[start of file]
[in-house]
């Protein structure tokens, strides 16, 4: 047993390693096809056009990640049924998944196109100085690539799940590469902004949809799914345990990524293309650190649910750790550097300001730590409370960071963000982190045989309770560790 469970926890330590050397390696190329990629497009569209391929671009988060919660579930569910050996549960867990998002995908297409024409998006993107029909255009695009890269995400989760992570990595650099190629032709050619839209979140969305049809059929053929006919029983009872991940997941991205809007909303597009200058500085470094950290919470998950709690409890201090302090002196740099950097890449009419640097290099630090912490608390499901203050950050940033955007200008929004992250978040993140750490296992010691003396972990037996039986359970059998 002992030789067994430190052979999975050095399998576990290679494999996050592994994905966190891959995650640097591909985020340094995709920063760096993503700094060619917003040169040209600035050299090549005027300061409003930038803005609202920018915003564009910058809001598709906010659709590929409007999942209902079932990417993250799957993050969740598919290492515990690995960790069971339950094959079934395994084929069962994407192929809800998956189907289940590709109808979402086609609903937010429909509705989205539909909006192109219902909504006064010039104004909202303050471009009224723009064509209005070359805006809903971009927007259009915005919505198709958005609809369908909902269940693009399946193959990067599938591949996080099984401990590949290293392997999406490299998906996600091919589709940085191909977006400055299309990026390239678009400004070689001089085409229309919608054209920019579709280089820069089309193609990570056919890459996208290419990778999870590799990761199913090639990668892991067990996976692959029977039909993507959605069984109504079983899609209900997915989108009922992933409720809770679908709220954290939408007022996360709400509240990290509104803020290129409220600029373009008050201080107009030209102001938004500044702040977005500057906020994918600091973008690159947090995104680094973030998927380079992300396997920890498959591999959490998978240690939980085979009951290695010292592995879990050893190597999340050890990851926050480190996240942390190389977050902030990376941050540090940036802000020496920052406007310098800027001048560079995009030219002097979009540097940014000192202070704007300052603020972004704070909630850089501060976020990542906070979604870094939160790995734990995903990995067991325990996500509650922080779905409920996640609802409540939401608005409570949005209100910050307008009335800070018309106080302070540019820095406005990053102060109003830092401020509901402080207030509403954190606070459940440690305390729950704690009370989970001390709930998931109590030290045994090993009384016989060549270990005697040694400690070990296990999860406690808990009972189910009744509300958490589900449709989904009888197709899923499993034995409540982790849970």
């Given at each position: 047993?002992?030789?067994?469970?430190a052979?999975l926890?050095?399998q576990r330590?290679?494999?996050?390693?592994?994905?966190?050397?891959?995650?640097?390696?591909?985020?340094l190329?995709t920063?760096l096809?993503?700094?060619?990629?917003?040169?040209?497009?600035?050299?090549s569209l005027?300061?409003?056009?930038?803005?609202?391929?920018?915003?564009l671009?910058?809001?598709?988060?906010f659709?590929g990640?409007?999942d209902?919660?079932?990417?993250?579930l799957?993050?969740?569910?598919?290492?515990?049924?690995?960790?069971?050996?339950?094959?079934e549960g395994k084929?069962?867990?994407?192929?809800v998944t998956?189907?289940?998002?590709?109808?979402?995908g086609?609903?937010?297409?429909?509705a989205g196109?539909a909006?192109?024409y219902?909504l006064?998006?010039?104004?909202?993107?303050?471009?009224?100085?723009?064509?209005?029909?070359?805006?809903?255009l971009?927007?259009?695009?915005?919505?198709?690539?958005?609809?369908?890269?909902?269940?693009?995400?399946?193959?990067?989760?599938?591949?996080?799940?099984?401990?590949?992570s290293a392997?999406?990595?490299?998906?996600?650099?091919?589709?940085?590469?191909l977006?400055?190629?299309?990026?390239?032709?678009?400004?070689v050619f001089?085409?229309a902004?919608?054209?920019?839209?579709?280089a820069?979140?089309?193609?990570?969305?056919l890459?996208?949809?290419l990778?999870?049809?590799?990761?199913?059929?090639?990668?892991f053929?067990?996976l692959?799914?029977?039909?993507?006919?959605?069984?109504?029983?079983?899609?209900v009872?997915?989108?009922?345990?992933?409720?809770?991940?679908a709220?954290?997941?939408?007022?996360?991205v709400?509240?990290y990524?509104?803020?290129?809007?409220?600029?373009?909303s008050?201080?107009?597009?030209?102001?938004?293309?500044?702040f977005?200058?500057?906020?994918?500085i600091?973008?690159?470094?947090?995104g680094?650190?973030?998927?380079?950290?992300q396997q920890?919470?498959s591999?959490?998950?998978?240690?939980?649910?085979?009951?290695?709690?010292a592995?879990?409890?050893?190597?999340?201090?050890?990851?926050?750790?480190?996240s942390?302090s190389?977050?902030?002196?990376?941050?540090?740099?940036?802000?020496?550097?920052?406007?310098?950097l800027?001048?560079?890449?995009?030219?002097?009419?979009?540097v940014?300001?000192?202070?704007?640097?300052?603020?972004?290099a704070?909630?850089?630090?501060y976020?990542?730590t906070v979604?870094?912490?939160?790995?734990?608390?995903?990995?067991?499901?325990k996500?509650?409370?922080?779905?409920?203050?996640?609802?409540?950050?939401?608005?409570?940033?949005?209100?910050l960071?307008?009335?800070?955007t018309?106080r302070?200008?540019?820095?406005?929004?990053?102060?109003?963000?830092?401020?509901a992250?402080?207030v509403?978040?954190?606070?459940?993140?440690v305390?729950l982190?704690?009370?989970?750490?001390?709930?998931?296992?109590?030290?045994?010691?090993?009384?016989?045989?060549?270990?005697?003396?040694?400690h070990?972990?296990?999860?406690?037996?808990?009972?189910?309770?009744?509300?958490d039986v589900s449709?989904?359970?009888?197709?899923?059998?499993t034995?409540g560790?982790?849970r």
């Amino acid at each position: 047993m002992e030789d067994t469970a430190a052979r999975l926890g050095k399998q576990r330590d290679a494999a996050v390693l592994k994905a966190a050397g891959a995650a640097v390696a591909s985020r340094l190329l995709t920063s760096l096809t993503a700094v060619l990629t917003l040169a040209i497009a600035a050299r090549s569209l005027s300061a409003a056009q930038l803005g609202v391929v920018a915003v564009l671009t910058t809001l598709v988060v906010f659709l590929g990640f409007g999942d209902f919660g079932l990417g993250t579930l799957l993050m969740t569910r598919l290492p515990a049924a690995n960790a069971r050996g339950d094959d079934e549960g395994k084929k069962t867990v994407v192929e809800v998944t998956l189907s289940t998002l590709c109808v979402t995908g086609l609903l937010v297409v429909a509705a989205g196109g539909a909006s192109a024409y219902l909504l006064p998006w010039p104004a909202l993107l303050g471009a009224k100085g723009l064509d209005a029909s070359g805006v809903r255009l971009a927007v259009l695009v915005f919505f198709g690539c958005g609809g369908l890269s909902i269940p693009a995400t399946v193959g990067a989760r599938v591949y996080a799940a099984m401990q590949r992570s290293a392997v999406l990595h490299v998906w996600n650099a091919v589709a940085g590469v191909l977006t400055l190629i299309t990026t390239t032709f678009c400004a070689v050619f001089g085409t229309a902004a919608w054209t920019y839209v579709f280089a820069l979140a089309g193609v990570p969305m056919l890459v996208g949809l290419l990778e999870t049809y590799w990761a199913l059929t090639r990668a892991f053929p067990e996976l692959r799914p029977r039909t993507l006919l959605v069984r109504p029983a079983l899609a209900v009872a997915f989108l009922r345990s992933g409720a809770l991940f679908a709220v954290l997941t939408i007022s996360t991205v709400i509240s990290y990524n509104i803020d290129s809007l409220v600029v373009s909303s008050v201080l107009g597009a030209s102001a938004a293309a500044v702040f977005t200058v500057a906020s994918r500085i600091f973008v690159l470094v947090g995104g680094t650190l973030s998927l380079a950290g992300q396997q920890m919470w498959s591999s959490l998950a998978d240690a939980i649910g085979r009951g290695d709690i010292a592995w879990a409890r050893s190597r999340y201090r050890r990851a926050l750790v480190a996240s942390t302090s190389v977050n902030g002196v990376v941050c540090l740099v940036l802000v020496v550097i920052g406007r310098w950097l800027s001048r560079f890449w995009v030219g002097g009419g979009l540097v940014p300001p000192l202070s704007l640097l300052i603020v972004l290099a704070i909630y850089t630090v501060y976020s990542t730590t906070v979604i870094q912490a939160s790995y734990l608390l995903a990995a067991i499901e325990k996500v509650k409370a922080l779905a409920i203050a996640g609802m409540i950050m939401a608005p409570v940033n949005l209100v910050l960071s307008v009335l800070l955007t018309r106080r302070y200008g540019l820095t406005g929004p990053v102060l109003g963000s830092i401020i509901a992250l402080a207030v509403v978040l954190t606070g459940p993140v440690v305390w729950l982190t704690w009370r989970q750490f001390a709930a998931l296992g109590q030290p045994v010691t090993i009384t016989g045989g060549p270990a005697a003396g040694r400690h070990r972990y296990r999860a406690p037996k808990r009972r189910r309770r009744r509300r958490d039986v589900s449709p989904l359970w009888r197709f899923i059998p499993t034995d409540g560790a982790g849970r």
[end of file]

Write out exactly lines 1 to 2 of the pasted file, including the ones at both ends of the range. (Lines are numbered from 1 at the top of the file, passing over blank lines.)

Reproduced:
[in-house]
């Protein structure tokens, strides 16, 4: 047993390693096809056009990640049924998944196109100085690539799940590469902004949809799914345990990524293309650190649910750790550097300001730590409370960071963000982190045989309770560790 469970926890330590050397390696190329990629497009569209391929671009988060919660579930569910050996549960867990998002995908297409024409998006993107029909255009695009890269995400989760992570990595650099190629032709050619839209979140969305049809059929053929006919029983009872991940997941991205809007909303597009200058500085470094950290919470998950709690409890201090302090002196740099950097890449009419640097290099630090912490608390499901203050950050940033955007200008929004992250978040993140750490296992010691003396972990037996039986359970059998 002992030789067994430190052979999975050095399998576990290679494999996050592994994905966190891959995650640097591909985020340094995709920063760096993503700094060619917003040169040209600035050299090549005027300061409003930038803005609202920018915003564009910058809001598709906010659709590929409007999942209902079932990417993250799957993050969740598919290492515990690995960790069971339950094959079934395994084929069962994407192929809800998956189907289940590709109808979402086609609903937010429909509705989205539909909006192109219902909504006064010039104004909202303050471009009224723009064509209005070359805006809903971009927007259009915005919505198709958005609809369908909902269940693009399946193959990067599938591949996080099984401990590949290293392997999406490299998906996600091919589709940085191909977006400055299309990026390239678009400004070689001089085409229309919608054209920019579709280089820069089309193609990570056919890459996208290419990778999870590799990761199913090639990668892991067990996976692959029977039909993507959605069984109504079983899609209900997915989108009922992933409720809770679908709220954290939408007022996360709400509240990290509104803020290129409220600029373009008050201080107009030209102001938004500044702040977005500057906020994918600091973008690159947090995104680094973030998927380079992300396997920890498959591999959490998978240690939980085979009951290695010292592995879990050893190597999340050890990851926050480190996240942390190389977050902030990376941050540090940036802000020496920052406007310098800027001048560079995009030219002097979009540097940014000192202070704007300052603020972004704070909630850089501060976020990542906070979604870094939160790995734990995903990995067991325990996500509650922080779905409920996640609802409540939401608005409570949005209100910050307008009335800070018309106080302070540019820095406005990053102060109003830092401020509901402080207030509403954190606070459940440690305390729950704690009370989970001390709930998931109590030290045994090993009384016989060549270990005697040694400690070990296990999860406690808990009972189910009744509300958490589900449709989904009888197709899923499993034995409540982790849970």